Over the past few months, coronavirus transmission rates have been rising to numbers higher than they’ve ever been. Leading some states to take all precautions seriously and institute yet another major shutdown. Including my hometown Los Angeles, which completely closed both indoor and outdoor dining last Sunday. This shift in service feels necessary given the dire number of cases, but still begs the question: how can restaurants survive?
Since the beginning of the pandemic back in March, the restaurant industry has been facing an exorbitant amount of damage.
Recent reports state that over 100,000 restaurants have had to permanently close. Meaning that overall, only one in six establishments have survived the virus. Leading to a detrimental loss in sales estimated to be around 240 billion dollars by the end of this year.
These severe changes have also affected millions of employees. As restaurants’ closures and shutdowns mean that owners have to lay off most, if not all of their staff members. The number of lost jobs during coronavirus has come to a staggering total of 5.9 million overall. Including the cutbacks that take-out only restaurants have had to make on their front of house staff.
Due to these inconceivable setbacks, the term “outdoor dining” has entered the mainstream cultural lexicon. After the major lockdown period six months ago, restaurants found what could’ve been a great solution to their troubles: just put the customers outside!
This way, dining clients didn’t have to sit packed together and risk further infection. So, the local government allowed major streets to be blocked off and restaurants to place their interior furniture outdoors. The waitstaff had to wear both a mask and a face shield, and plastic dividers were added between tables to avoid all contact risk. Effectively curbing both the CDC’s warning against indoor spaces and even more extraneous losses to the industry.
However, this method of getting customers back at restaurants was quickly met with backlash. Upon its launch, outdoor dining was partly seen as Americans selfishly putting essential workers at risk, just to be served dinner. As well as an uncaring government’s pseudo-solution to a crumbling industry. The cobbled-together dining set-up read as a blatant excuse to not give federal relief to at-risk businesses, making the vulnerable local restaurants fend for themselves amongst an out of control pandemic.
Outdoor dining has also proved to be completely unsustainable. What was once a viable, temporary option for the lighter spring and summer, turned decrepit as the virus continued through colder months. Forcing restaurants to build tents and mini “structures” on top of their outdoor dining areas. Some complete with full roofs and windows, effectively creating another mini-indoor restaurant on bike lanes across the country. Which made the outdoor patio space a contradiction to safety codes. As well as completely obsolete in the wake of another lockdown, making the attempt to recoup yet another loss.
Methods of survival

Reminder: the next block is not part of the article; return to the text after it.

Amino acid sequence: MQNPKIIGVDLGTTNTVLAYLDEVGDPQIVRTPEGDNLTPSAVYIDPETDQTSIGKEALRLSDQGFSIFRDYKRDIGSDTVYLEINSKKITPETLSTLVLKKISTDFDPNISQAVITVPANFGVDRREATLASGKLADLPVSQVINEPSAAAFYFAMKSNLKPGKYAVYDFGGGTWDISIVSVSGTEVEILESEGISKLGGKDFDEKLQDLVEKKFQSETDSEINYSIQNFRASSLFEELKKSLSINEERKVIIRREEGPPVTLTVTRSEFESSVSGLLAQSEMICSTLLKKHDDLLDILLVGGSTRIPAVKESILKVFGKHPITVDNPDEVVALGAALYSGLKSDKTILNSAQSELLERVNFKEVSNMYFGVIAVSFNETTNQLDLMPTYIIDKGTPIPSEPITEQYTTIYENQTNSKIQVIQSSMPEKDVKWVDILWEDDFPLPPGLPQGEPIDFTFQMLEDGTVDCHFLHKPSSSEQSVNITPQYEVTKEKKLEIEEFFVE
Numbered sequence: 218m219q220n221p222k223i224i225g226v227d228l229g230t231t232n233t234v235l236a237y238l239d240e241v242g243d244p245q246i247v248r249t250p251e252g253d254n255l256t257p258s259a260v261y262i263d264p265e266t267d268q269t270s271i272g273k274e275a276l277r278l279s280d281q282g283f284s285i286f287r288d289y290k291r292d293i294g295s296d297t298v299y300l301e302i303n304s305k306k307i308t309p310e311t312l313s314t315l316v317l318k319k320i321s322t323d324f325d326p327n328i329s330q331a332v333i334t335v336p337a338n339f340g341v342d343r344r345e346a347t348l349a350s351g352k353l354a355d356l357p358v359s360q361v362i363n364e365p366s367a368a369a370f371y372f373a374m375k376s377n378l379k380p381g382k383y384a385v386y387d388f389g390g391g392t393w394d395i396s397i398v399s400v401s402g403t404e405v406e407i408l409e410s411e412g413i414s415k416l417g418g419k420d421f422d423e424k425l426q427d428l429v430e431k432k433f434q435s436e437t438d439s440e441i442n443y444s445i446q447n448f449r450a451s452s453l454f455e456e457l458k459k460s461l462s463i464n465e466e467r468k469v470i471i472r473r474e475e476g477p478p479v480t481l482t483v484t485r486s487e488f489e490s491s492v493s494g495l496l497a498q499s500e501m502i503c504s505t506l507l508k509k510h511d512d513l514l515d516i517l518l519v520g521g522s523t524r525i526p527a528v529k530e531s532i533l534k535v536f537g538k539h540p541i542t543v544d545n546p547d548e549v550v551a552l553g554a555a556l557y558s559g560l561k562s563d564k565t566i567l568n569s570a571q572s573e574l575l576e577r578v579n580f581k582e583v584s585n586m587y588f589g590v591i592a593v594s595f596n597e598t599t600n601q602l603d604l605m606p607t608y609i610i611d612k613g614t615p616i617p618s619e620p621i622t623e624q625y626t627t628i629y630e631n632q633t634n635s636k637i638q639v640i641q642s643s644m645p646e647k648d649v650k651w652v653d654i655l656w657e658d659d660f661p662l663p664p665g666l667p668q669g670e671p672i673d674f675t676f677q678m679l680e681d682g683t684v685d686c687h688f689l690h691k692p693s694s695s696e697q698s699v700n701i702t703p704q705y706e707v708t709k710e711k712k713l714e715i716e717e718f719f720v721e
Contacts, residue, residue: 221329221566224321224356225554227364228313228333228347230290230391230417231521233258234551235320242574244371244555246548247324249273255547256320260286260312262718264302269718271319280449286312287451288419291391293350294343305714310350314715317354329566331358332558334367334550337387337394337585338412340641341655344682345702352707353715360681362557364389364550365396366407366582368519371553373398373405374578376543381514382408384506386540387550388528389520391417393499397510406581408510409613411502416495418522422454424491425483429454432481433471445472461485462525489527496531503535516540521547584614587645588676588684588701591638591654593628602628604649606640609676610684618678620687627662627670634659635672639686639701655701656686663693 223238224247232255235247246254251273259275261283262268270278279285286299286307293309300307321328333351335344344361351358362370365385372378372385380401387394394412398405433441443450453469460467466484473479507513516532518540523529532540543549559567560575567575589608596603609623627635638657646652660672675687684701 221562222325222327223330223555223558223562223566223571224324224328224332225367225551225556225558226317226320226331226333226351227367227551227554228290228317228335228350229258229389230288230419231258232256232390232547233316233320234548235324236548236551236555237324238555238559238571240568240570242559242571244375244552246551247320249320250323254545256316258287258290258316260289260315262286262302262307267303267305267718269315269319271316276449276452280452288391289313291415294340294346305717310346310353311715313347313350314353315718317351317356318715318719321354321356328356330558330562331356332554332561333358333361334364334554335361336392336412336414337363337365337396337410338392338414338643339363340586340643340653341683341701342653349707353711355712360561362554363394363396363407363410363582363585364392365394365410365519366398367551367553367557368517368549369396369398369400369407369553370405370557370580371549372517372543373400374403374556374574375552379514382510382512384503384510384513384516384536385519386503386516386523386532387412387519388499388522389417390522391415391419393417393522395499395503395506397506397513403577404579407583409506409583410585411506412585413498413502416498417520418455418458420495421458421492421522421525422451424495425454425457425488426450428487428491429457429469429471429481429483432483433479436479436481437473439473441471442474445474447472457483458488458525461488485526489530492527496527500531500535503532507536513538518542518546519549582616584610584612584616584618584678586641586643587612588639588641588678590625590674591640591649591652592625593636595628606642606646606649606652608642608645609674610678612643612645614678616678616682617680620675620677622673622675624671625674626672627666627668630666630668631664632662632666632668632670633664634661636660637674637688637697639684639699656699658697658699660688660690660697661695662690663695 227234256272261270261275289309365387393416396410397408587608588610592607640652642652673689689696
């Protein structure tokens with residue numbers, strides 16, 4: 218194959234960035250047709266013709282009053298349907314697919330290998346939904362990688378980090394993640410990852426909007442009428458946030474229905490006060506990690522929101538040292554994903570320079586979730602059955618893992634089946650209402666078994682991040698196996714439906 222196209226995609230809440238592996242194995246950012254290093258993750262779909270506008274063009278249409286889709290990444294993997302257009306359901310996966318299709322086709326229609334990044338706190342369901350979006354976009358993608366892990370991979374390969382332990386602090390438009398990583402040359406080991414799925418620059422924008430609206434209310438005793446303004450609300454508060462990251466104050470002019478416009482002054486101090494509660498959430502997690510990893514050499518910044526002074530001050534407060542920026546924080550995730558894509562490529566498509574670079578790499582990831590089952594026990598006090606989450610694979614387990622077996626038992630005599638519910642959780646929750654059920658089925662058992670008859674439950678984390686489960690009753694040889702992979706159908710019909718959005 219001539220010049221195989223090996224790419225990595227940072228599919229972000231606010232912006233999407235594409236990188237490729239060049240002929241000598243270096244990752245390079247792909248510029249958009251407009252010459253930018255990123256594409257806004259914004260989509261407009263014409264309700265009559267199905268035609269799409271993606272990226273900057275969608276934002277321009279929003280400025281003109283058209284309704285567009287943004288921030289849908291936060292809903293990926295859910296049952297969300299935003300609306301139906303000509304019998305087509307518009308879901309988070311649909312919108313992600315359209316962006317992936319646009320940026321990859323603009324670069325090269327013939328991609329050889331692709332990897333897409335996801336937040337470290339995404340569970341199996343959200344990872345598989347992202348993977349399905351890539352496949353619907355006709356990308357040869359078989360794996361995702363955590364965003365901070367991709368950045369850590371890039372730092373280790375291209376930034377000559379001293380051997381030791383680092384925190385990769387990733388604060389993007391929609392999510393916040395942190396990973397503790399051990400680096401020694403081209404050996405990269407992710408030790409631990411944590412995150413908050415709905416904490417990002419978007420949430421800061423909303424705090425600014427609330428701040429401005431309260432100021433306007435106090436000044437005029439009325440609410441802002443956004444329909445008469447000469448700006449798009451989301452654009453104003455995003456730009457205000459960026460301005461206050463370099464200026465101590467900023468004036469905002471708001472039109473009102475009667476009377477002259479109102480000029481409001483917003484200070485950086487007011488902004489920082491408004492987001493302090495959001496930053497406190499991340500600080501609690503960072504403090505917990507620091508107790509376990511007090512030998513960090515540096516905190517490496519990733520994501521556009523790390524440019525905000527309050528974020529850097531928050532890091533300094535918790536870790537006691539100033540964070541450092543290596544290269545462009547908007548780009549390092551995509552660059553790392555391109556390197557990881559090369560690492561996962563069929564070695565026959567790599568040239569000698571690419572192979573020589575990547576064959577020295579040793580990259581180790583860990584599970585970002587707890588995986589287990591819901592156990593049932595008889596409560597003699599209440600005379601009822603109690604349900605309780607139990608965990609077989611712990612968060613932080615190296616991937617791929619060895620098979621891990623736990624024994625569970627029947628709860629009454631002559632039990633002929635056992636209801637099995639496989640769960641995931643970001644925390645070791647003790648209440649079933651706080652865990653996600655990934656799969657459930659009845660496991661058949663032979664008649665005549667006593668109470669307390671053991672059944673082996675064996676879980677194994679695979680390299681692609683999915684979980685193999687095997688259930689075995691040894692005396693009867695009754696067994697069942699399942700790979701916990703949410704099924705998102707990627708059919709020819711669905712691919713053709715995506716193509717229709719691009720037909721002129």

However, what choices do these businesses have? With a turbulent pandemic and no federal stimulus, restaurants have to do something to survive another mandatory shutdown.
Some establishments have already started. Including things like pushing featured deals such as free delivery service, and optimized menus. Restaurants are reducing their selections to only the most popular items as well as ones with more efficient cook times. Businesses have also completely changed some of their offerings, opting to serve comfort food items that have been skyrocketing since the onset of the incredibly stressful pandemic. Such as pizza, ramen, and fried chicken.
Restaurants have even ventured into creating multiple streams of income by listing their kitchen under a different name on food delivery apps. Such as famous arcade and children’s party spot Chuck E. Cheese listing their pizzas under the name “Pasqually’s Pizza and Wings” on food delivery sites to fight bankruptcy.
Though these ideas show the adaptive (and hilarious) ingenious of the restaurant industry, it’s just a side effect of their harrowing losses. We’ve all had to adapt during this time, however, it seems that restaurants have been taking some of the biggest blows due to the intimate nature of their service.
What can we do?
These somewhat tragic measures have been weighing on me heavily throughout the duration of this pandemic. I want to support my local businesses, but I also don’t want to spread a deadly disease that could infect me, my loved ones, and those having to serve me.
Some adaptations that I’ve made to give my support and minimize my impact have been to order locally and digitally. Ordering takeout has never been so in, and most restaurants have moved onto delivery apps by now. There’s also usually a tab to search local eateries in your area that need your orders the very most. Better yet, you can even call your favorite restaurants and ask what the best method of delivery would be, as ordering from their website directly may be more beneficial.
Also, make your delivery contactless and tip well. The essential drivers and bikers are at great risk of getting your orders to you. Make sure to be courteous to those helping restaurants stay in service.
Hopefully, in the near future, we’ll be able to dine in and support our favorite, local restaurants together again. However, while our government is being irresponsibly negligent of the climbing virus and our struggling small businesses, we have to be diligent about the industries we care about.